Here is one of the many ways in which Karl Marx failed to understand what he was writing about: “Capital” can be public as well as private. In his day, it was unimaginable that workers could simultaneously be owners by holding shares in their US-style 401(k)s or other pension or brokerage accounts. But that’s how capitalism developed in the late 20th century, especially in Anglo-Saxon countries.
This expansion in developed countries of stock exchanges (here measured not by market capitalization but by the number of listings) had many advantages. Public companies must disclose more, thus making industry more transparent to society. And the broad availability of stocks allows investors to diversify their portfolios (either directly or through mutual funds). Capital, in the process, is usually allocated quite productively.
That’s why it is a problem that stock markets have in recent years been shrinking (again, by listings, not by market cap). In America during the four decades to 2016, the number of exchange-listed firms dropped by 27 percent to 3,627. In Germany, where private “Mittelstand” capital is glorified, the number of listed firms fell by 41 percent during the past decade, to only 450. Listings are growing only in China and other parts of Asia which converted to capitalism only recently.
The reasons include mergers, fewer IPOs, and more buyouts by private equity. In that sense, Tesla became a sign of the times when Elon Musk, its founder, casually announced on Twitter the other day that he wants to take his firm private, presumably because he finds the costs of complying with all those modern regulations too onerous.
The flipside of this “Tesla trend” is an “Apple trend.” Apple this month became the world’s first company valued at $1 trillion. This is part of a pattern in which fewer, and generally older, companies get ever larger, more valuable and more profitable, while young and small firms get less profitable and drop off the exchanges. René Stulz, a professor at The Ohio State University, has calculated that the 3,281 listed American firms that were not in the top 200 by earnings actually made losses. Why?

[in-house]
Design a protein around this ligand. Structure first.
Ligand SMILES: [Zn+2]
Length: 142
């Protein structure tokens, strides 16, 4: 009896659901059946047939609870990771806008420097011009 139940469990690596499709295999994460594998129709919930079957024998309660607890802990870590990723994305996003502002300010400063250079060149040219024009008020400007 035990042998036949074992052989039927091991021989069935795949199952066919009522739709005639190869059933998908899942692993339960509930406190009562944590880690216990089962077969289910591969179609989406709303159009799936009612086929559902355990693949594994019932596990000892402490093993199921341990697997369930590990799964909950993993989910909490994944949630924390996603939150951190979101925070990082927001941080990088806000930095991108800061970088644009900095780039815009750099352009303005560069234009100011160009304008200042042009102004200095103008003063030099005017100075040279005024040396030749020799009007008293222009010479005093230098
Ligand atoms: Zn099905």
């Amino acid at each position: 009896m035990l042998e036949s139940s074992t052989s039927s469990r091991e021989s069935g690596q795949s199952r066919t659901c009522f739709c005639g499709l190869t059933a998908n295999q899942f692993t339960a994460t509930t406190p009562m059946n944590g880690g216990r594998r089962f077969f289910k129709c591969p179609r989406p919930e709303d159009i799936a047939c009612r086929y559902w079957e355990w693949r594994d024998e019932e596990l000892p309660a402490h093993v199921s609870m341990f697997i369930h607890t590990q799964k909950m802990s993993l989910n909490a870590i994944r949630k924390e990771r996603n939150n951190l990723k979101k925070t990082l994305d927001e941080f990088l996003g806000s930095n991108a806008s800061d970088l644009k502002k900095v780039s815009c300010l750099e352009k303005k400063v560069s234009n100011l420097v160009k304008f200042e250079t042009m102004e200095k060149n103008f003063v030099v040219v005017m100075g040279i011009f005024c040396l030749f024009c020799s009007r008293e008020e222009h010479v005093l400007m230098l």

His answer is another insight that Karl Marx could not have imagined: Capital does not have to be tangible, and increasingly isn’t. Capex (ie, spending on machines, factories and such) as a share of assets is steadily declining. Simultaneously, research spending on intellectual property keeps rising, and already tops capex. But our accounting systems, which largely date to the time of Karl Marx, treat these two types of capital formation unfairly.
Thus a firm that spends €1 million on a factory grows its balance sheet but does not reduce its profit. Another firm that spends €1 million on R&D must record this as an expense, thus probably (if it is a start-up) wiping out earnings, even if it has just found the Next Big Thing in its lab.
For investors, Mr. Stulz argues, official profits are thus becoming almost irrelevant, while for company founders, they seem increasingly misleading. If managers tell the markets too little about their patents, their firms will be undervalued; if they tell too much, rivals will know their secrets. Better to just find private equity and be done with it.
It is not good that capital is again becoming more private, as it was in Karl Marx’s day. Securities regulators and bean counters need to get up to date. Otherwise they will eventually become as obsolete as Karl Marx.
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